• Vermont

    Regardless of what you people say, this is the state that voted 86% – 14% in favor of BANNING same sex marriage. If people don’t say anything, they are thinking it. MS has a LONG way to go.

  • Riah

    @alan brickman:

    Equality would be nice. We’re no different than anyone else. She was trying to stand up for kids they may not have known that they had a choice.

  • Cam

    The typical attack you will here from the Mississippi bigots is to try to paing this as somebody trying to get attention for themselves. Down south they have attempted to make “Getting attention” into some evil horrible insult. The reason for this, is that they know that their racism and bigotry can’t survive if people call attention to it.

    Good for Constance. And good for the Brave gay kids of Mississippi.

  • Tony

    It’s amazing what she is doing for the community over there. It’s so saddening to hear about these stories whereas GLTB people are treated so poorly for no good reason.

  • Mike

    @Vermont: Of course it has a long way to go. Mississippi is one of only two states in the Union (the other being Alabama) where fewer than 50% of people under the age of 30 approve of homosexuality. Normally you’d expect those figures to be much higher, and in other states they are…I know when I started my magazine that I just wanted to let people know they weren’t alone, whether they were already part of a community in a big city or out in the country.

    The sad part is, a lot of people want to receive the magazine out in the country but our ad revenues are not great and I can’t send subscriptions out. They can view it online at least, I suppose…

  • The sane Francis

    Stories like this and the one in Flagler County, the school district in Texas that was going to end all extracurricular activities so there isn’t any GSA’s also that gay boy in Arizona whose been discriminated against with the school district saying he’s making up stories, really speaks wonders about how certain parts of this country truly and honestly think of us. Yes, there is discrimination everywhere, but generally if something happens in a NY, Chicago or Seattle, something is done about it, awareness is raised, there is outrage. In Mississippi, things like this are a regular occurrence and seen as just a regular thing. These people would rather not have a prom or create a completely separate prom, than to just spend a night with anyone gay in their vicinity. The levels of pure, unadulterated hate towards us by these people is astonishing and pretty scary, at least I’m scared for the gays/gay-accepting people in these areas.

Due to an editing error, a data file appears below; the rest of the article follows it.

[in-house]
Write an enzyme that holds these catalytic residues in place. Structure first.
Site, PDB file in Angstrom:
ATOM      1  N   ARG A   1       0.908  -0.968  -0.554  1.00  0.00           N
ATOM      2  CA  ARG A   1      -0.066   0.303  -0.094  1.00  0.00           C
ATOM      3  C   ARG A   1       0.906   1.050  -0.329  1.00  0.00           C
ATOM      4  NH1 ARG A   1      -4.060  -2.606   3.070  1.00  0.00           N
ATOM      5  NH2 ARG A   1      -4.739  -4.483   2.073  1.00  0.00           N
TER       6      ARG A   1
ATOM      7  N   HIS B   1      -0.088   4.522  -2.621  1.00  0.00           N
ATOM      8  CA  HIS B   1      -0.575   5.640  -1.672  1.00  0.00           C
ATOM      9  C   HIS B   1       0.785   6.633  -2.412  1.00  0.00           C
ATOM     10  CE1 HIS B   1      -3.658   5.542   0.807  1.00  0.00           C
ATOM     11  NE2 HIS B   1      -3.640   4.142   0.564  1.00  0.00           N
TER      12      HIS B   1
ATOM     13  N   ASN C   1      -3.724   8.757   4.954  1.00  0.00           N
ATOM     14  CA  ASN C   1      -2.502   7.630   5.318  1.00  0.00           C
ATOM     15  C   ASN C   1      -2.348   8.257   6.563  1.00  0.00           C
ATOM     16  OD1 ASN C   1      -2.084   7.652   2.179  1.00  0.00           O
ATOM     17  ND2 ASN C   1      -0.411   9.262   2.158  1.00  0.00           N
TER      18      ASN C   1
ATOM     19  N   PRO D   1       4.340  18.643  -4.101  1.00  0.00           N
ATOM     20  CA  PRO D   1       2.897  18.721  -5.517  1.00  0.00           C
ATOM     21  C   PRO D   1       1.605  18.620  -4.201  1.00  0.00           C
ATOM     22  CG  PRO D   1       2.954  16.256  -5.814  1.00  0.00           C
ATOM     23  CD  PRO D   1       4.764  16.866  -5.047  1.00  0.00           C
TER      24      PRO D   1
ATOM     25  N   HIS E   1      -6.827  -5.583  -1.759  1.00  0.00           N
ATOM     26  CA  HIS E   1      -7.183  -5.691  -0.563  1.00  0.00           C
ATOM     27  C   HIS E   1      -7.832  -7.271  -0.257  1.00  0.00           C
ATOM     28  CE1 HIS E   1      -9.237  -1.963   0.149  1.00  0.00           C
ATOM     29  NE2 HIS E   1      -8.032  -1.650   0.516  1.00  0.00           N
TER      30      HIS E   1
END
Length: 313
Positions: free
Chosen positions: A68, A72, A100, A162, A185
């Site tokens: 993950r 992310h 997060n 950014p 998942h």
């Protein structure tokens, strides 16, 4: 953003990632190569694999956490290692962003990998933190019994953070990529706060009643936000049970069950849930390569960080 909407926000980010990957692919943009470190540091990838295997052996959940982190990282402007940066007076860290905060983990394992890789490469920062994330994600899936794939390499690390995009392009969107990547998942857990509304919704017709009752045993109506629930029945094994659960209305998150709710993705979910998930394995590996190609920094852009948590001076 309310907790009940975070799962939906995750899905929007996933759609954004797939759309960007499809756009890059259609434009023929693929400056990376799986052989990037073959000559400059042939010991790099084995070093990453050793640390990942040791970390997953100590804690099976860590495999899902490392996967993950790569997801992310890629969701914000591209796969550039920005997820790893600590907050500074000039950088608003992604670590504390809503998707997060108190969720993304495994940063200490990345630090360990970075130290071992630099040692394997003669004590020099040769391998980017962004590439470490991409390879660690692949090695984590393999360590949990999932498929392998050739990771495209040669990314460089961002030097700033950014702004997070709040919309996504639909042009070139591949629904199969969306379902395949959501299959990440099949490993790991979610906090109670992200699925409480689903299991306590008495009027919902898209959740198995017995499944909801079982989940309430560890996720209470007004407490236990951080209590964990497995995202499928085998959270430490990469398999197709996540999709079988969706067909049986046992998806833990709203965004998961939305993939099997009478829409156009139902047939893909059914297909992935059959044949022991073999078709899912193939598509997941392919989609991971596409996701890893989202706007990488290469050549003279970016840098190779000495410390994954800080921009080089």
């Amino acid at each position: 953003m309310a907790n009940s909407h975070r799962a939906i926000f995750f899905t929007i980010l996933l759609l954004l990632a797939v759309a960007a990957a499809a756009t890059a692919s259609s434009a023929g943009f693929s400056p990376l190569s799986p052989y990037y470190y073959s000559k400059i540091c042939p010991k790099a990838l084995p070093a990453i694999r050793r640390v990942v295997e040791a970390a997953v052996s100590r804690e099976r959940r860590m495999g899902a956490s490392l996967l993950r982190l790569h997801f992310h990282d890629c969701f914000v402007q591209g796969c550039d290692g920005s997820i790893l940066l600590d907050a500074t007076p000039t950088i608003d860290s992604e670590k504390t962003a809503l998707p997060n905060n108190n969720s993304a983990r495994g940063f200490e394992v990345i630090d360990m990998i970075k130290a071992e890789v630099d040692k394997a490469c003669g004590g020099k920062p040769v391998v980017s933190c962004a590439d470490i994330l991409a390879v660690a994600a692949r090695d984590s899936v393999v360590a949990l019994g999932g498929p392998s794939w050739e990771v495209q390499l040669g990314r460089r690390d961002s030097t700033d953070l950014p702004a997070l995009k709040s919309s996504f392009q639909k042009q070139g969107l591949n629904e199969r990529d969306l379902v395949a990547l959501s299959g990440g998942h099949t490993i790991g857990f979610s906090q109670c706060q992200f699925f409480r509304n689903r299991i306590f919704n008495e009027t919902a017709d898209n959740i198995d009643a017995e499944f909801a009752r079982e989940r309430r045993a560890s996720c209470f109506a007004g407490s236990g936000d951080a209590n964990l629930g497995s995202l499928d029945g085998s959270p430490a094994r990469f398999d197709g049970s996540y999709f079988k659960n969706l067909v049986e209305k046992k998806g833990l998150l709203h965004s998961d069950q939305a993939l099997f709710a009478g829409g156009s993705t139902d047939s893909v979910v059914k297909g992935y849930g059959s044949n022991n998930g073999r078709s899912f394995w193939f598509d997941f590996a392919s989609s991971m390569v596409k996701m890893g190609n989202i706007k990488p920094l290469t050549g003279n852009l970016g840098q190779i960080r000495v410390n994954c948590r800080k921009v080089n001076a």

Also, to those who say they haven’t “had an issue” in these backwards areas, especially in the South. That’s because it’s all about appearances in these areas. They aren’t going to openly be bigoted, because that would be impolite. Instead, they are going to trash you behind your backs, a lot like this. But make no mistake, the lack of hate directed to you in your face is not a lack of hate in general. Silent hate is actually even scarier than outward hatred, because it’s the silent types that do the worst damage.